Instances of South Asian polities exerting power into Central Asia are extremely rare. The other way around was far more common: in fact, the history of the Indus Basin and North India has largely been shaped by invasions from Central Asia and the subsequent dynasties that were formed when these invaders were amalgamated into the Indic cultural milieu.
The two most famous instances of South Asian power projection into Central Asia are also, in fact, examples of descendants of Central Asians returning to the steppes to reassert themselves in their former homelands across the mountain barrier of the Hindukush-Karakoram.
The first was in antiquity when Kanishka, the Kushan Emperor, sent an army from Taxila across what is now Gilgit-Baltistan to capture the Tarim Basin cities of Khotan and Yarkand. The second was the Mughal push into Central Asia led by Shah Jahan which resulted in the Mughal conquest of Balkh. That even these great empires were unable to keep their holdings in Central Asia for long shows what a difficult task it is.
On a smaller scale, there is another example of a South Asian kingdom invading Central Asia: and that, too, an indigenous one. This happened when the Chitrali king Shah Katoor II launched a punitive campaign in Wakhan.
To call Chitral South Asian may not be entirely accurate and this war can be viewed as a conflict between two neighbours on the southern fringe of Central Asia but the fact that the East Iranic Wakhis along the Oxus and the Indo-Aryan Kho of the northernmost part of the Indus Basin are linguistically members of these two different cultural spheres does nominate this scenario as an invasion of Central Asia by South Asia.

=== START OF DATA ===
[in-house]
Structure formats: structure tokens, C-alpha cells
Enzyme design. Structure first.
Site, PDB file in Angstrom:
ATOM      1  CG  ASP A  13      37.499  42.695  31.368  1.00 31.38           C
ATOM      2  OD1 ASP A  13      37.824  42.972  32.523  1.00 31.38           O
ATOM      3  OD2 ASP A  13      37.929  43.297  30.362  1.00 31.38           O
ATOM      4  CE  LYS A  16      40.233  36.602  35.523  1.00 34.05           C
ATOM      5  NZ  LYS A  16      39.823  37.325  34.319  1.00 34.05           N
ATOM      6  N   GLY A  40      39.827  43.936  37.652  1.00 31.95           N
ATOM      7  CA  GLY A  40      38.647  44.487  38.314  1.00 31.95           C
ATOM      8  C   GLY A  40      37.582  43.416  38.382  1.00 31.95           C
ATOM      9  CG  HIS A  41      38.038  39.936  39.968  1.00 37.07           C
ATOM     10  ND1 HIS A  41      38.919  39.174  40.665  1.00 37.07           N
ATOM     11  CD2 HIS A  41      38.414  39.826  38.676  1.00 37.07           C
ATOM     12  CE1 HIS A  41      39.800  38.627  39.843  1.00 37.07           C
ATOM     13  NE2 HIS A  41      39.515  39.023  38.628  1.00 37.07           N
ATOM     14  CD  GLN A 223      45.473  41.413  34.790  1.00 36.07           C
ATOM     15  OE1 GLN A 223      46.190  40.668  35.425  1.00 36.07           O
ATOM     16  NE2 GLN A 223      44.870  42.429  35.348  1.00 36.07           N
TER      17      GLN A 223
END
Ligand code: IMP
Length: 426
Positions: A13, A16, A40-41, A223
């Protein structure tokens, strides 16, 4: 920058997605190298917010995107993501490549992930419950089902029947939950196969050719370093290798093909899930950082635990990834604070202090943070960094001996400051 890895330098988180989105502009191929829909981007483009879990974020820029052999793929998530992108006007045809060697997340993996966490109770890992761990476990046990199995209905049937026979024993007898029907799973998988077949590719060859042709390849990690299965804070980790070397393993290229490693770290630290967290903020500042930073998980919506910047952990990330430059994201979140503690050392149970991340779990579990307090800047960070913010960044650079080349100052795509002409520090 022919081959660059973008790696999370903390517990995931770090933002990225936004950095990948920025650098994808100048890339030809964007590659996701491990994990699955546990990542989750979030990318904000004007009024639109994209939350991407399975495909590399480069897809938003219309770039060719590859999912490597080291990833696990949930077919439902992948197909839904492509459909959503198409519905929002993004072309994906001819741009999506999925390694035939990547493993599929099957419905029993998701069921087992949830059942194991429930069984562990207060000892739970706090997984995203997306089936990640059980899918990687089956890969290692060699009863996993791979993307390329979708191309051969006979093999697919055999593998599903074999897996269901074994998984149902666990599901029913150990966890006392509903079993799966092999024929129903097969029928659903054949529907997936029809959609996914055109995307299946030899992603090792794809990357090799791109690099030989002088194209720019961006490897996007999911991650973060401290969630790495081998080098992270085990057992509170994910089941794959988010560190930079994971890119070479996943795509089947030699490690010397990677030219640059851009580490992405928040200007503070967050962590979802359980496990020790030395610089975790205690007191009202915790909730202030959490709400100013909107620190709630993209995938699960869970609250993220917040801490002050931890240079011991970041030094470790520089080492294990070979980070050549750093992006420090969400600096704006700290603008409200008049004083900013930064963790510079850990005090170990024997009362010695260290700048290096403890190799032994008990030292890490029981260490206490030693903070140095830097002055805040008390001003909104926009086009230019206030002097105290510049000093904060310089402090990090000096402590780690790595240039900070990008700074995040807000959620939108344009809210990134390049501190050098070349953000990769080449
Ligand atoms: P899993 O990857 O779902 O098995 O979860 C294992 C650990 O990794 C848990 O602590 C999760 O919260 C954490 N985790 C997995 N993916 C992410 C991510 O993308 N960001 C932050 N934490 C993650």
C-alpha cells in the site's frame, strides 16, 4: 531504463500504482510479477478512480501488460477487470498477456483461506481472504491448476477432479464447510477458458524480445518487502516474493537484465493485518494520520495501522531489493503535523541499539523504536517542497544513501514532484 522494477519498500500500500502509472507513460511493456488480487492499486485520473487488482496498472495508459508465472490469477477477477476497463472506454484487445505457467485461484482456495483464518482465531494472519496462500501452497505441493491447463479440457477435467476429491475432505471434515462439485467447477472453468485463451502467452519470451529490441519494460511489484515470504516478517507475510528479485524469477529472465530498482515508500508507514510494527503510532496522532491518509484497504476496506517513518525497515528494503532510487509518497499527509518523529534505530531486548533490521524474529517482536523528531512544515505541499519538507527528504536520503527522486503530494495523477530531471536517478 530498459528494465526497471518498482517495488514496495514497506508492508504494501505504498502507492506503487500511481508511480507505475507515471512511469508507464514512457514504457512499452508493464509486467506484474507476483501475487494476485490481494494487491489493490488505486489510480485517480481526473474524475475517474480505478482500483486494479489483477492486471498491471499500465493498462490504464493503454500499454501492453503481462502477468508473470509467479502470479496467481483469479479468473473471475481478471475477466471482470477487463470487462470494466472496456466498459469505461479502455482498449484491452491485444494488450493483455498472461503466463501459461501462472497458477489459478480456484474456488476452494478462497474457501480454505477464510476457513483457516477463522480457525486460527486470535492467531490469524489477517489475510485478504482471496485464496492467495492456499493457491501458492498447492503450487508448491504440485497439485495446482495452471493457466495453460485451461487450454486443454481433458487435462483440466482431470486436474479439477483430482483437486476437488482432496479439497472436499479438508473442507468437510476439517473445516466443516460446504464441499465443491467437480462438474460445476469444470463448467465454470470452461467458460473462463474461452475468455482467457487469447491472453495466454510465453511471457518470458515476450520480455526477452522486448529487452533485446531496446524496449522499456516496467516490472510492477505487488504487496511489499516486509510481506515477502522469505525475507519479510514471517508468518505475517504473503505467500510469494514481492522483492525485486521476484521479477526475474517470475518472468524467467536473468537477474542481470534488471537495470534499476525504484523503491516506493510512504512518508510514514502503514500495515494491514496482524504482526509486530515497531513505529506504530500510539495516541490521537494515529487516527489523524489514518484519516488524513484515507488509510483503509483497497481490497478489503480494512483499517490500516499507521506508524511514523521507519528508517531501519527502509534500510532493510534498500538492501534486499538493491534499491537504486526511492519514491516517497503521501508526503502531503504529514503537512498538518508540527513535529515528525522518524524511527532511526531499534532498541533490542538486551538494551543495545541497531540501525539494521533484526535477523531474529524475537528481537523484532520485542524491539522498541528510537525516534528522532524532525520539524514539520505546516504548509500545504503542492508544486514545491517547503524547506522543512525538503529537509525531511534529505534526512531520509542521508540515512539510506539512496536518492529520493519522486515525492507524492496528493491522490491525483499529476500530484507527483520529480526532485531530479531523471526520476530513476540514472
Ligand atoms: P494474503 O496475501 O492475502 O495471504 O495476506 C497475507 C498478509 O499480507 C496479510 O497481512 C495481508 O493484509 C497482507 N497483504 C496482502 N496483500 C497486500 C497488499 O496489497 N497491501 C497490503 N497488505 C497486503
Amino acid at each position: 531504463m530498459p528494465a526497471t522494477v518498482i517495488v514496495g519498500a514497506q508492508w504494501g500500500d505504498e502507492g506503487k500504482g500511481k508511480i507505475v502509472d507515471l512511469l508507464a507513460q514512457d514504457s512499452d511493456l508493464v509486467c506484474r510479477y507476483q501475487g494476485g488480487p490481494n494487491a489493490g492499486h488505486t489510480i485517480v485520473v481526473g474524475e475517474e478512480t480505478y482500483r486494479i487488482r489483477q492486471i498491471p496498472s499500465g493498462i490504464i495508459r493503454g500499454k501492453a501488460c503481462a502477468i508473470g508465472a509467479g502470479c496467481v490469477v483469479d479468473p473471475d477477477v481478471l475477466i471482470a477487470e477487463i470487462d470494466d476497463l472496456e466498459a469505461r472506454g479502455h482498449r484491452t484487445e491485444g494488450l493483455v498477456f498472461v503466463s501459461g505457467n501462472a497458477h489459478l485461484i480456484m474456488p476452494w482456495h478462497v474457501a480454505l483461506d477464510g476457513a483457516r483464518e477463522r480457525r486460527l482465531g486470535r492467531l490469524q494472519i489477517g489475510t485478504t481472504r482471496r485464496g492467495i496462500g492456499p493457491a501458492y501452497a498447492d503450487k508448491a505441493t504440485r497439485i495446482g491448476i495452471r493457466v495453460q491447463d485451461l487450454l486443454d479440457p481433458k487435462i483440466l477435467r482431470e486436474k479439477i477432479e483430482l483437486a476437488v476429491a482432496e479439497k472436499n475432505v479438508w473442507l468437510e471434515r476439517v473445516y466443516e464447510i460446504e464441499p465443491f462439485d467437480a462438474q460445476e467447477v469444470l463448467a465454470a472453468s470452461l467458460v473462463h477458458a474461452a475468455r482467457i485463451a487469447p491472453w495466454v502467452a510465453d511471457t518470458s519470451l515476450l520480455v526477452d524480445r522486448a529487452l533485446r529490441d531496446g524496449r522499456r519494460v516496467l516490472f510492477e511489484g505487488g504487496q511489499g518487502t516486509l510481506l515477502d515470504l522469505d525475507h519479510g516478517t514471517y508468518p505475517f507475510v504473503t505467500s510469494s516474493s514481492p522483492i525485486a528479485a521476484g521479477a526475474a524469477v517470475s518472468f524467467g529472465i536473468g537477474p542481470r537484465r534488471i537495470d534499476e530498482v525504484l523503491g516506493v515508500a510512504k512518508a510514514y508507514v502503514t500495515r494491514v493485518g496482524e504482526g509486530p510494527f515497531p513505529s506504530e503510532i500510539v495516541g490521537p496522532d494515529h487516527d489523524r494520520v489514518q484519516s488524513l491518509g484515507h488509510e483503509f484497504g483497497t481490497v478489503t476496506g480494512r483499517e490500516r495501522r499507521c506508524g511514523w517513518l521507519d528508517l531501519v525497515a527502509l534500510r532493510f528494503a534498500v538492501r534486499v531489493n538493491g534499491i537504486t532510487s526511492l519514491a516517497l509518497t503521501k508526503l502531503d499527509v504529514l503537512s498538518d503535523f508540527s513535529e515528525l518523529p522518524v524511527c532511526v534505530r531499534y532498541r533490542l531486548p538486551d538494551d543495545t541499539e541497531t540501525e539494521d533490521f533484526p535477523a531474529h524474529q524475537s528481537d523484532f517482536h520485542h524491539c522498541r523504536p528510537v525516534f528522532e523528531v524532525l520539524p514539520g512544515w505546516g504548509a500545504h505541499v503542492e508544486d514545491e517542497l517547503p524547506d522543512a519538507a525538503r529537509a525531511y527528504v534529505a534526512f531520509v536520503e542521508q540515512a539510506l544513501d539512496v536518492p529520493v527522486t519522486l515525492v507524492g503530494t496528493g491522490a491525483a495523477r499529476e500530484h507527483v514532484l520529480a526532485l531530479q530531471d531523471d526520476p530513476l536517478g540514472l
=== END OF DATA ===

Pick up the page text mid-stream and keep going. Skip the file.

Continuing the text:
Nonetheless, Chitral and Wakhan have always been interlinked and share much of the same culture. The Wakhis have historically been a very peaceful people but the post-Timurid collapse in Central Asia turned the entire region quite violent and the nomadic Turkic peoples asserted themselves over the sedentary Iranic ones. Thus the Wakhan that entered into this war with Chitral was a militaristic one.
The Wakhis have historically been a very peaceful people but the post-Timurid collapse in Central Asia turned the entire region quite violent and the nomadic Turkic peoples asserted themselves over the sedentary Iranic ones
The only existing source which we can draw upon for this conflict is the Tarikh-e-Chitral of Mirza Ghufran which allocates a few pages to Shah Katoor’s expedition. Shah Katoor II, whose given name was Mohtaram Shah, has the distinction of being the most impactful Katoor ruler before Aman-ul-Mulk. The Wakhan expedition occurred in the latter part of his rule in the late 1700s. Theoretically this entire region would have been considered to be part of Afghanistan at this time and the Mir of Badakhshan was indeed an Afghan vassal – and the Mir of Wakhan was in turn a vassal of Badakhshan. Despite falsified Afghan claims to the contrary, Chitral has never been an Afghan dependency and Shah Katoor II was too proud a man to have become anyone’s vassal. What set him apart was his understanding of regional politics. He knew who to play off against each other to maintain his independence. He himself came to the throne of Lower Chitral only after playing kingmaker and letting two of his younger brothers rule, who unfortunately were not able to survive in a turbulent Lower Chitral constantly at war with Badakhshan and the Khoshwaqt kingdom in Upper Chitral and Gilgit, while being subject to raids by the Pashtuns of Dir and Kunar. By this time Shah Katoor II was firmly in control of his kingdom and had entered a period of stability. The traditional Katoor domains based in Lower Chitral also included the vast and populous Mulkho Valley of Upper Chitral and at this time extended to the Torkho Valley. Torkho often changed hands between Katoor and Khoshwaqt rule but the nobility of the valley always favored the Katoors, unlike those of Mastuj and Yarkhun who were pro-Khoshwaqt.